Breuker had already recorded "Rhapsody in Blue" for the BVHaast label (Rhapsody in Blue, BVHaast 044) several years prior to this release, so it was not a total surprise when he chose to dedicate this album to the work of George Gershwin. He (along with Henk de Jonge and Chris Abelen) made an excellent decision to adhere as closely as possible to the original arrangements for the pieces rather than the lush, symphonic constructs that soften and romanticize the majority of Gershwin recordings. Listeners familiar only with more poppish albums from '50s through the '80s are often surprised (even horrified) when they hear original recordings with Gershwin at the helm; the orchestrations sound harsh and raucous, and the tempos accelerated (at least to ears suckled on the more Muzak-y, easily palatable versions most commonly heard). Thus, "An American in Paris" retains the grit, heat, and earthy jazziness that was originally intended and sounds all the better for it. Breuker fills out his Kollektief with the Mondriaan Strings, providing all the "traditional" accompaniment necessary, and chooses pieces with a balanced ear, juxtaposing the lovely and lazy "Lullaby" with the frenetic "Cuban Overture." Gershwin's gorgeous "Three Preludes" (anticipating Samuel Barber's similar "Excursions") was originally released on the Kollektief's Rhapsody in Blue CD and is given an extremely beautiful reading by Henk de Jonge to close out the Gershwin album. For fans of Breuker, this is one of his best "repertoire" albums -- and for lovers of Gershwin, this might be about as close as one gets to the spirit of the original.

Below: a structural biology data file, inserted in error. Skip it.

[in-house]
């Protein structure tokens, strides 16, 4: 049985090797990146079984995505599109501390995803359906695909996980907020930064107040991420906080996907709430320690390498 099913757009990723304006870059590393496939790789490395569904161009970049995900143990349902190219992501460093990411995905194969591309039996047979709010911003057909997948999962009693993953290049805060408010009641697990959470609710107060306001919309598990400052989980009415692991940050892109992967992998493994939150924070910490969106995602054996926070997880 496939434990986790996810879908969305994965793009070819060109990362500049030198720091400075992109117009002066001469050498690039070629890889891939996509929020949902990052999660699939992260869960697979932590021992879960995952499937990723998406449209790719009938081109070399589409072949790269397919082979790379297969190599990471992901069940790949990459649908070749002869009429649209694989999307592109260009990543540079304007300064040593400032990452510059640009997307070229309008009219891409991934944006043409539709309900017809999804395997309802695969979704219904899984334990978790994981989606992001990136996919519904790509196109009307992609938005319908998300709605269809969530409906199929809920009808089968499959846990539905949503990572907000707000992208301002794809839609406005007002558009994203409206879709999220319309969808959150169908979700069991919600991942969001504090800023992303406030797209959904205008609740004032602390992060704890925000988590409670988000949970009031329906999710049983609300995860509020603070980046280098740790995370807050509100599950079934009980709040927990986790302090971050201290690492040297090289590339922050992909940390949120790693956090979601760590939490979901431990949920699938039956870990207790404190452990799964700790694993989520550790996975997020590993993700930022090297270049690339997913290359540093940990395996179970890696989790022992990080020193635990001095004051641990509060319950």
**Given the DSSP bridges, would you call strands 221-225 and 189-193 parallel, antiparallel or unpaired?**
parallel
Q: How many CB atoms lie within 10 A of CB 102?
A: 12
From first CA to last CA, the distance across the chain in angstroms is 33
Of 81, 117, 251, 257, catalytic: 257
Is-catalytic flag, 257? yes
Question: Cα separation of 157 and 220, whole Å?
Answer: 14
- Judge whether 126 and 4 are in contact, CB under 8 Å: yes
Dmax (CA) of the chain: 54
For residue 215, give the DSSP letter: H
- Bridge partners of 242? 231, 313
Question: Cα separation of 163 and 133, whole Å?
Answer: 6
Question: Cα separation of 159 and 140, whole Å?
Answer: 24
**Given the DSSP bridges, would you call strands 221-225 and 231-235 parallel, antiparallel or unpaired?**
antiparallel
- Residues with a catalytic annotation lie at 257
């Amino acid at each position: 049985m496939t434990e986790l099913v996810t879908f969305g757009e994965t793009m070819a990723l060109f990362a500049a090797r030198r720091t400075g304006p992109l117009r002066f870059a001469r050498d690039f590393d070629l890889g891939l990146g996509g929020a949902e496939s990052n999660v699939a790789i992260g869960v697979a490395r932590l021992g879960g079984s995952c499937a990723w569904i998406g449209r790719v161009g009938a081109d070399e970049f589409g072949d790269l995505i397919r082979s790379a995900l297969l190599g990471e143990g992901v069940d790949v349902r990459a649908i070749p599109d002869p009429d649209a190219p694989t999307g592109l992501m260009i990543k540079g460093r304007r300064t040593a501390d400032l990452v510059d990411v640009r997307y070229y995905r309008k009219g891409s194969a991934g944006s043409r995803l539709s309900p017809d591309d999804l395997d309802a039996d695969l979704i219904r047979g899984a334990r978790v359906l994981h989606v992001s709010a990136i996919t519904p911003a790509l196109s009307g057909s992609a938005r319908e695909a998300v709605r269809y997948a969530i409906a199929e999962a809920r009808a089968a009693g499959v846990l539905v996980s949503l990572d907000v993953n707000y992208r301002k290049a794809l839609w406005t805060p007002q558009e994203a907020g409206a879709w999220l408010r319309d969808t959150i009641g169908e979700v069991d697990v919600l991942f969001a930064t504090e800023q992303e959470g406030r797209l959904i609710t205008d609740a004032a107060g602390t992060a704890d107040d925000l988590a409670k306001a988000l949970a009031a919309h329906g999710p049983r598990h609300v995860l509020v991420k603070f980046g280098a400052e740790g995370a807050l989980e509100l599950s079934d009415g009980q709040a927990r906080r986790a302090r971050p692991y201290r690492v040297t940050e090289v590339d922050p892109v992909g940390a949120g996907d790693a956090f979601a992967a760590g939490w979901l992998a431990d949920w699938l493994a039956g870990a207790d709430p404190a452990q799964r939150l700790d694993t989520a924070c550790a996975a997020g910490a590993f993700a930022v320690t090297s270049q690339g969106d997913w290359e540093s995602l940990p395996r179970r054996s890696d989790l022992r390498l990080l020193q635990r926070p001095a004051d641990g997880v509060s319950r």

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AllMusic Review by Brian Olewnick